Judge has Ex Parte Conversation with a Talking Cat

Blackie the talking cat

“Excuse me, I’d like to have a few words with you about the litter box issue.”

Miles v. City Council of Augusta, GA—starring “Blackie the Talking Cat”—is our kind of case: completely WEIRD, so weird that it qualifies for Lawhaha.com’s Strange Judicial Opinions Hall of Fame.

The plaintiffs, Carl and Elaine Mills, were an unemployed, married couple who owned Blackie, a cat who could allegedly speak English. The plaintiffs were entrepreneurs in the true American mold, making their entire living marketing Blackie’s unique vocal abilities to the public. Although the closest Blackie ever came to making the big time was a $500 appearance on “That’s Incredible” in 1980, he generated steady income for Carl and Elaine by talking to strangers on the street in return for contributions.

After receiving complaints, the Augusta Police Department warned Carl and Elaine that they needed to obtain a business license to continue peddling Blackie’s talents on the streets of Augusta. Plaintiffs sued the city, alleging the occupational license tax was unconstitutional.

The whole opinion is interesting, but the craziest part was the trial judge’s disclosure in a footnote of an ex parte street encounter with Blackie (some paragraph breaks inserted):

In ruling on the motions for summary judgment, the Court has considered only the evidence in the file. However, it should be disclosed that I have seen and heard a demonstration of Blackie’s abilities.

The point in time of the Court’s view was late summer, 1982, well after the events contended in this lawsuit. One afternoon when crossing Greene Street in an automobile, I spotted in the median a man accompanied by a cat and a woman. The black cat was draped over his shoulder. Knowing the matter to be in litigation, and suspecting the cat was Blackie, I thought twice before stopping. Observing, however, that counsel for neither side was present and that any citizen on the street could have happened by chance upon this scene, I spoke, and the man with the cat eagerly responded to my greeting.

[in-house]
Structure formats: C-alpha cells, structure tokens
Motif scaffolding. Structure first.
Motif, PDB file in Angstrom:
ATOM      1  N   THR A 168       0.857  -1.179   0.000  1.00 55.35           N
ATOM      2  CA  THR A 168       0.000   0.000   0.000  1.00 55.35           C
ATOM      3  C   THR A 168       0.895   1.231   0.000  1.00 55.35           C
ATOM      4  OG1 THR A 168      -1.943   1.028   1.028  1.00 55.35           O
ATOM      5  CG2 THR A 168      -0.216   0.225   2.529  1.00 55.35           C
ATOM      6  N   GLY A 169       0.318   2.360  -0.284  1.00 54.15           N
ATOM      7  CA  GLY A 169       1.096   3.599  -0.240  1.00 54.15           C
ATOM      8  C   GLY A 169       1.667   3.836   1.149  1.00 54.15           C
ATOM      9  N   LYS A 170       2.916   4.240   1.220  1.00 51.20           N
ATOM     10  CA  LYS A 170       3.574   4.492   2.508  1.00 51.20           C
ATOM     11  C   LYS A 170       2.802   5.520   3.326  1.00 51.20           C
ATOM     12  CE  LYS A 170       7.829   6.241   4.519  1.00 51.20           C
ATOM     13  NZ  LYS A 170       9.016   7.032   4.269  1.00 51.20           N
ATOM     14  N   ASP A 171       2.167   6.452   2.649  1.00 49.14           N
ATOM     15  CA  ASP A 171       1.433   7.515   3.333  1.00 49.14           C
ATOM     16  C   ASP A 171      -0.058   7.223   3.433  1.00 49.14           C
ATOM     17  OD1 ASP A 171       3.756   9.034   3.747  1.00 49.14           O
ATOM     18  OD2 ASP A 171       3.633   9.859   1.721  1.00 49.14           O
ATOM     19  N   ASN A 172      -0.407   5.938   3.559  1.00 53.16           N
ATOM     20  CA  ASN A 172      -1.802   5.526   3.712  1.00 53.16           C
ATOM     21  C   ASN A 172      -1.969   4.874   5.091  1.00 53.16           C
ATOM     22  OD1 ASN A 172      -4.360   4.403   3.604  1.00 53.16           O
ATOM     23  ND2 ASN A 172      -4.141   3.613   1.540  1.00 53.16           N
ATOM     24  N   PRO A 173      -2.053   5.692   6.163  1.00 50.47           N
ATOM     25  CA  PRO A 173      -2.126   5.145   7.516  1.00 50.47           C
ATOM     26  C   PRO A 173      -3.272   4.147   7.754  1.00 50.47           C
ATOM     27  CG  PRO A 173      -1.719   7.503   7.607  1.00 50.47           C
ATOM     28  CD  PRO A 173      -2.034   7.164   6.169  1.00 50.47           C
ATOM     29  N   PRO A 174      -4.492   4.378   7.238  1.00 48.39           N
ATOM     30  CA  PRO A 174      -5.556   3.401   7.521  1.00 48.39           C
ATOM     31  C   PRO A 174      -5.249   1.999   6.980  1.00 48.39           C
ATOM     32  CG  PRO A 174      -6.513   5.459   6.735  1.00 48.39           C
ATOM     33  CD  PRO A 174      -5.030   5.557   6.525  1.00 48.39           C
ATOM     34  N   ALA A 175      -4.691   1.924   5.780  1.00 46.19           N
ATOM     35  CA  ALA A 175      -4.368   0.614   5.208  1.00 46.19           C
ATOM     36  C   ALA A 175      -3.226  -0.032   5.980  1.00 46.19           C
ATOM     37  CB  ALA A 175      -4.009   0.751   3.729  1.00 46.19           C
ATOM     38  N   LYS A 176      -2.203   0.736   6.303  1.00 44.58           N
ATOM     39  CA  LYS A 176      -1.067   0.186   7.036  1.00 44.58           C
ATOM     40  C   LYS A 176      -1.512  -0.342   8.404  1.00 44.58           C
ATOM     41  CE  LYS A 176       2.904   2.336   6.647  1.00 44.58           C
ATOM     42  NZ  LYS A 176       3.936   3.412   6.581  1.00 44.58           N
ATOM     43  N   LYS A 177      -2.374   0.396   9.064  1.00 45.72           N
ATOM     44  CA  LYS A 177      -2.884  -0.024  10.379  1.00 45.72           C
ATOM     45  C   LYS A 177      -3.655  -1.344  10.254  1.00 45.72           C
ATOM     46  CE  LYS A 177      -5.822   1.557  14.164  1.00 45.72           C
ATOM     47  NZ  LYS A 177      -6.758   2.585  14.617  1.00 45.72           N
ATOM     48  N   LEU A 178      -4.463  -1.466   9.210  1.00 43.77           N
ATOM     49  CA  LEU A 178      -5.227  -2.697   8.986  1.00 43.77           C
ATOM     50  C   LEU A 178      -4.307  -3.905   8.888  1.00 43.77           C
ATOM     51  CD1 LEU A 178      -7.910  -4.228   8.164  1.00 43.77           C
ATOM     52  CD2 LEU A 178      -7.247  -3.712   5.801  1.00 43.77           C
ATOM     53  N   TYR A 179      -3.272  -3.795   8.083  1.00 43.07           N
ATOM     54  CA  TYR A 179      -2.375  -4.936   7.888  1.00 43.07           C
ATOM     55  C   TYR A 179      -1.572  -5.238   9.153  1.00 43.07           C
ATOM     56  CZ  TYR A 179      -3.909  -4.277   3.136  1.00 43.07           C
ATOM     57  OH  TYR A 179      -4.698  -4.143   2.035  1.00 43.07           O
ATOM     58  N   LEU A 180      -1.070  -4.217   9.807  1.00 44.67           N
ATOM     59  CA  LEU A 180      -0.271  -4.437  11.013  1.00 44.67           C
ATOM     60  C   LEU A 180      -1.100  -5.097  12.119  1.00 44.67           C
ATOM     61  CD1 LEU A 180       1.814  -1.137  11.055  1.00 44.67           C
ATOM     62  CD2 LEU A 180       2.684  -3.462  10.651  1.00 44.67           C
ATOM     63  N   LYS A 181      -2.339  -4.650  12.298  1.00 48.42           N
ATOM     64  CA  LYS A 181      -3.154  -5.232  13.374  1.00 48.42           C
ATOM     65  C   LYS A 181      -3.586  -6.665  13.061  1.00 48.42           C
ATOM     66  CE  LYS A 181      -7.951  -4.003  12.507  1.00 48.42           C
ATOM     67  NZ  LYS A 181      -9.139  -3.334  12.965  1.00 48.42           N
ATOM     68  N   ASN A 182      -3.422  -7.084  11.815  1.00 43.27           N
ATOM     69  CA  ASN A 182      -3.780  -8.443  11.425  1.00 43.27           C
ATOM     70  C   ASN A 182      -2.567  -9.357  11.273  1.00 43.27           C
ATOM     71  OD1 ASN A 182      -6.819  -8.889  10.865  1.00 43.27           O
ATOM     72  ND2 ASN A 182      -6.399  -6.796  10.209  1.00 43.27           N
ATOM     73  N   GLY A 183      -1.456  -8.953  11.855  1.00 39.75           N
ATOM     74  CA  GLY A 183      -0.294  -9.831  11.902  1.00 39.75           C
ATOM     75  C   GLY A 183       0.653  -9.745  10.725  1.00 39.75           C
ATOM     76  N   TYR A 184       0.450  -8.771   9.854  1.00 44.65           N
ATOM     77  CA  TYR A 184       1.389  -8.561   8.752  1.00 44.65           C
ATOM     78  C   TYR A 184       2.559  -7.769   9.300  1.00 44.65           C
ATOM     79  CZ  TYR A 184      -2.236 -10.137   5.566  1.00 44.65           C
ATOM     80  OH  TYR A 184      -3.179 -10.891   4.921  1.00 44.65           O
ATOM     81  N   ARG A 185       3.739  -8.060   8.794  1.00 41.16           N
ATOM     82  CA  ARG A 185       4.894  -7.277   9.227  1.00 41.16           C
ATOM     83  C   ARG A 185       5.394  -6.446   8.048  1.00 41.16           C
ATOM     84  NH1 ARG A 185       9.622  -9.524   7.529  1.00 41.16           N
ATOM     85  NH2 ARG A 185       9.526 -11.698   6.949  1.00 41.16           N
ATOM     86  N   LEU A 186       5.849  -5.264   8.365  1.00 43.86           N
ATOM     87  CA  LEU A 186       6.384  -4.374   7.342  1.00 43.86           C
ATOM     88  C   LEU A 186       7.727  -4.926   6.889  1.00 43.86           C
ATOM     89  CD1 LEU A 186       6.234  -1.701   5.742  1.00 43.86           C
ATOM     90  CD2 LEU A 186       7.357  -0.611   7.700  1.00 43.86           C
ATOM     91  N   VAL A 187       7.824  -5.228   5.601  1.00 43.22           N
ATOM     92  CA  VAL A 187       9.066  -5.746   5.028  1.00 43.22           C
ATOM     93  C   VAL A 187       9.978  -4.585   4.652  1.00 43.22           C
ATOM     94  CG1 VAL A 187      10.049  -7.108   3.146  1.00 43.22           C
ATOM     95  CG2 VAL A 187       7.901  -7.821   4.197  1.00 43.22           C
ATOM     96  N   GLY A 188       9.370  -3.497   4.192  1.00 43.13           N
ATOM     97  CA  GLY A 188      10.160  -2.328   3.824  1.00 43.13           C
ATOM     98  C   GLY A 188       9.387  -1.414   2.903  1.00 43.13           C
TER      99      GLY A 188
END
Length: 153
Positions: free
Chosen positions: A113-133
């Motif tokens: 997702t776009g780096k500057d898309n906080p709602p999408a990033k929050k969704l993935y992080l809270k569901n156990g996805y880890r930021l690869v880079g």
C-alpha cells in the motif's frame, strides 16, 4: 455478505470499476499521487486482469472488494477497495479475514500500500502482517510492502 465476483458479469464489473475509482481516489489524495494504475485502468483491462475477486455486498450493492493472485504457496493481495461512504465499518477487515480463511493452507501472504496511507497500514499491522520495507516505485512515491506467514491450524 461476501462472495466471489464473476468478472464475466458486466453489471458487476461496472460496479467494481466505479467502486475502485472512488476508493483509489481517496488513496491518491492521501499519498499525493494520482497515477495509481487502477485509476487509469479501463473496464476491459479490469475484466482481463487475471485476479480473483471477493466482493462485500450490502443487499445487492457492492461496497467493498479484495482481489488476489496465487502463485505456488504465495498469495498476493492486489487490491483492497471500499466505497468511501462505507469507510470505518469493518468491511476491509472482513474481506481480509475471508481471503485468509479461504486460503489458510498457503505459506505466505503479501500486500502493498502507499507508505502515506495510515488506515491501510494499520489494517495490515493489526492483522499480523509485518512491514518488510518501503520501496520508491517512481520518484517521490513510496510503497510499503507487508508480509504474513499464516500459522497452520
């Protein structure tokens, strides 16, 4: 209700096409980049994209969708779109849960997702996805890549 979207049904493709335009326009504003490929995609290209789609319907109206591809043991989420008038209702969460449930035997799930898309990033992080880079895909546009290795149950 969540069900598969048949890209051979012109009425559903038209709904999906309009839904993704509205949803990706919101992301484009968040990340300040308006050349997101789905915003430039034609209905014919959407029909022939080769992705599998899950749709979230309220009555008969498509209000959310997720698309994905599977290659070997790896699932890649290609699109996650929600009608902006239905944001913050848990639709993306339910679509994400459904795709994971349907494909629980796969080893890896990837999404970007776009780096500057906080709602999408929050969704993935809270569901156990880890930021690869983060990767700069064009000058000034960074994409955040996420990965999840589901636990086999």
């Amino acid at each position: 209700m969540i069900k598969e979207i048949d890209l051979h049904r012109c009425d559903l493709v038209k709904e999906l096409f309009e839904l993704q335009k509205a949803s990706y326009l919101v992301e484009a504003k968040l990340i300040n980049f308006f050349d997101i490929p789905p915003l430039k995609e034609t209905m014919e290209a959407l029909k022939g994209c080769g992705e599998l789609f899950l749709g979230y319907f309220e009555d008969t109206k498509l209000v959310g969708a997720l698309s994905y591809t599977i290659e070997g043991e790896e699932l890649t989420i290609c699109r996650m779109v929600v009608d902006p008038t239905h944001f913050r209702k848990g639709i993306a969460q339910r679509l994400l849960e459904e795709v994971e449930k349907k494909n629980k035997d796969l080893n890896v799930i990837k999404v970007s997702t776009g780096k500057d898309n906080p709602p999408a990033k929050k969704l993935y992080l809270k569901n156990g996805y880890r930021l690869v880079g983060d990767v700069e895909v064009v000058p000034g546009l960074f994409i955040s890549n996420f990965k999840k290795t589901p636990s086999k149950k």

I asked him if his cat could talk. He said he could, and if I would pull over on the side street he would show me. I did, and he did. The cat was wearing a collar, two harnesses and a leash. Held and stroked by the man Blackie said “I love you” and “I want my Mama.”

The man then explained that the cat was the sole source of income for him and his wife and requested a donation which was provided. I felt that my dollar was well spent …

I never understood why a cat that could talk didn’t become more famous.

Miles v. City Council of Augusta, Ga., 551 F. Supp. 349, 350 n.1 (S.D. Ga. 1982). Thanks to Richard McKewen.

1 comment to Judge has Ex Parte Conversation with a Talking Cat

  • Judith Lipner

    I once deposed a woman who was quite large. She claimed she was intentionally harmed by being dragged by a runaway car coming out of the car washing tube. I asked her if she called cops? did the arrest the purported car washing thief? Did she go to a dr? hospital? etc. The whole litany of issues. nothing. Any medical bills relevant at all? Nope. Ma’am you’ve made claims for intentional tort, criminal actions and negligence. What exactly is your claim based upon? How were you harmed?
    She said she had a “fear of car washes. She dreams of them. She can’t sleep. ”
    Without a beat I replied: Don’t get your car washed.
    I excused myself, went into the ladies’ room and doubled over laughing.

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Andrew Jay McClurg is a law professor whose teaching and research interests include tort law, products liability, legal education, privacy law and firearms policy. He holds the Herbert Herff Chair of Excellence in Law at the University of Memphis Cecil C. Humphreys School of Law.
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